For the millions of us consumers who put mass-produced food into our bodies multiple times a day, we have endless exposure to potential pathogens, viruses, and contaminants. We are constantly putting our bodies at risk. This is a big deal to me. Kind of like making sure that your doctor is board-certified and knows what they are doing. You put your trust in them, right?
All right, so, at least from the tiny realm of mass production of leafy greens, the regulations that one would expect to be in place (for our own protection) is actually not the standard. Earthbound Farm actively seeks out an intense accreditation process, including unannounced site visits (including at their international farm sites) in order to maintain consistency, integrity, and to make sure that they aren’t going to (literally) kill their customers. They are one of the only companies (to my knowledge) that does this. And they do it because they care.
Earthbound Farm sets the farming standard in this country. Earthbound Farm sets the agricultural goods production standard in this country.
We then got all bundled up (sorry, no photos here) to actually go into the processing plant itself. We may have looked a little like Oompa Loompas (which actually made it more fun). We donned hard-hats, shoe covers, hair nets and gloves (by the way, every worker in the plant wears the same….no gum, food, or jewelry allowed, either.) I won’t go into incredible detail here about the way the greens are processed, but I will say that if you end up with a random bug in your clamshell (I saw a few readers say that they have), then that bug deserves a medal. They do triple wash the greens, they centrifuge, they scan the greens with chlorophyll-sensitive lasers, they shoot the greens over air shafts again (think-let gravity do it’s job). The greens are then, along the process, visually inspected/handled by workers again (depending on what product it is), whether it’s snapping on a lid, checking for a compromise in the plastic sealing, or layering the greens on a conveyor belt. These greens go through a hell of a lot of hoops to get in your grocery store. P.S. Yes, finding a bug in your clamshell is gross, but I would rather find a dead bug than consume something that is so toxic that bugs can’t even live on it. And, by the way, EB Farm customer service is so great that they will make it right for you in the odd chance that this happens. (Sometimes the plastic seal can get compromised and the improper ratio of carbon dioxide/oxygen can get in the clamshell over time and make the greens slimy. Your grocers should be on the look-out for this as well….and probably shouldn’t be selling you the product if they look bad anyway.)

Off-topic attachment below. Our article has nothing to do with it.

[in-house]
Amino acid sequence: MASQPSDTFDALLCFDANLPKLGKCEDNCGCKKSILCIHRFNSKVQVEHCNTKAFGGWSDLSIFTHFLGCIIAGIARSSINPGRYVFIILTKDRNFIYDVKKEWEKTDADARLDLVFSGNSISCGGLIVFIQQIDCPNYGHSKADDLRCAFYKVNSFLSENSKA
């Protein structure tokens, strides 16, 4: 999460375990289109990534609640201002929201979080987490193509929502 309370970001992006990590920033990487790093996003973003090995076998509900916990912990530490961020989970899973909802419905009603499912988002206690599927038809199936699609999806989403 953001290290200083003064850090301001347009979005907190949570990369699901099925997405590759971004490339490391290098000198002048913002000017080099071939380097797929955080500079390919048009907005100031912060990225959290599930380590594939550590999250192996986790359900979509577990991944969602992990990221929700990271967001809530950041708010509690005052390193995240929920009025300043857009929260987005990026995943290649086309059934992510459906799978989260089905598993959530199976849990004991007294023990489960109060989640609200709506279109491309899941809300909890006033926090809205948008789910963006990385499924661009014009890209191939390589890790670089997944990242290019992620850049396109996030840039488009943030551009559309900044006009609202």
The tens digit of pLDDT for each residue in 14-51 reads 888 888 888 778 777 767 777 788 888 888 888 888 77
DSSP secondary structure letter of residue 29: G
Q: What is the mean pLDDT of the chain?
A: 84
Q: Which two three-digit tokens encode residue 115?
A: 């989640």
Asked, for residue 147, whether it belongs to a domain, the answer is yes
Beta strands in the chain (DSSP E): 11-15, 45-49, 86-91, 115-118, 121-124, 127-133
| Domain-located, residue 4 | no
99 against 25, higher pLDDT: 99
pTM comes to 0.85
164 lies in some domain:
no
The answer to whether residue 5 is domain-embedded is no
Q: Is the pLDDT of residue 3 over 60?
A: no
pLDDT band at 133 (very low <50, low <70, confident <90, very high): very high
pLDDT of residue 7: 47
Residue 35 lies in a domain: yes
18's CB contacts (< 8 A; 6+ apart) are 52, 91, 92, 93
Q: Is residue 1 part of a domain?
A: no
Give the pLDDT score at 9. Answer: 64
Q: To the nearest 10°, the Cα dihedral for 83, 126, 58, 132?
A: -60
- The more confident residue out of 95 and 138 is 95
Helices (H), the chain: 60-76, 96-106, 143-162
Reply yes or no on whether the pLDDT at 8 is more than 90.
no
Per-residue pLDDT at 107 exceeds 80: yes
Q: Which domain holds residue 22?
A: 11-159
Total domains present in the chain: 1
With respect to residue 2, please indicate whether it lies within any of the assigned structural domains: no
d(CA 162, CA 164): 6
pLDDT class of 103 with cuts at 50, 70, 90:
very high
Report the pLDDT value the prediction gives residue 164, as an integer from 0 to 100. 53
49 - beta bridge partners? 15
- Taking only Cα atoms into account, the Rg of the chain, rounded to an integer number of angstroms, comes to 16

It was a lot to digest (no pun intended.) But it was an incredibly eye-opening experience. But you know what? This was something that I had been dying to do for a really long time, as food is probably one of my biggest passions (besides my animals and laughing a lot).
We then headed to Pebble Beach (yes, THE Pebble Beach) for a fantastic dinner with the entire group. The food was great, but the company was even better. Discussions ranged from what we had learned to hashtags to bachelorette-party-ish-appropriate material. These women are all truly some of the most intelligent, innovative, and independent women I have ever met. We all come from different angles in the blogging world, I think, but we all share a common enthusiasm and passion for food integrity. I left feeling like I had a whole bunch of new best friends…seriously. I know it sounds cliche, but these women inspire and radiate positivity. Please, please visit their blogs to get to know them better, if you don’t already.
Amelia from Eating Made Easy
Sara from Go Gingham
Amie from The Healthy Apple
Pam and Maggy from Three Many Cooks
Ashleigh from Edible Perspective
In the end, it all works. It’s good clean food. It’s good for the environment. It’s good for the workers, the consumers, and the industry. And to think, it all started just because a boy fell in love with the right girl. 🙂
From the bottom of my heart, thanks, Earthbound Farm. I miss you already.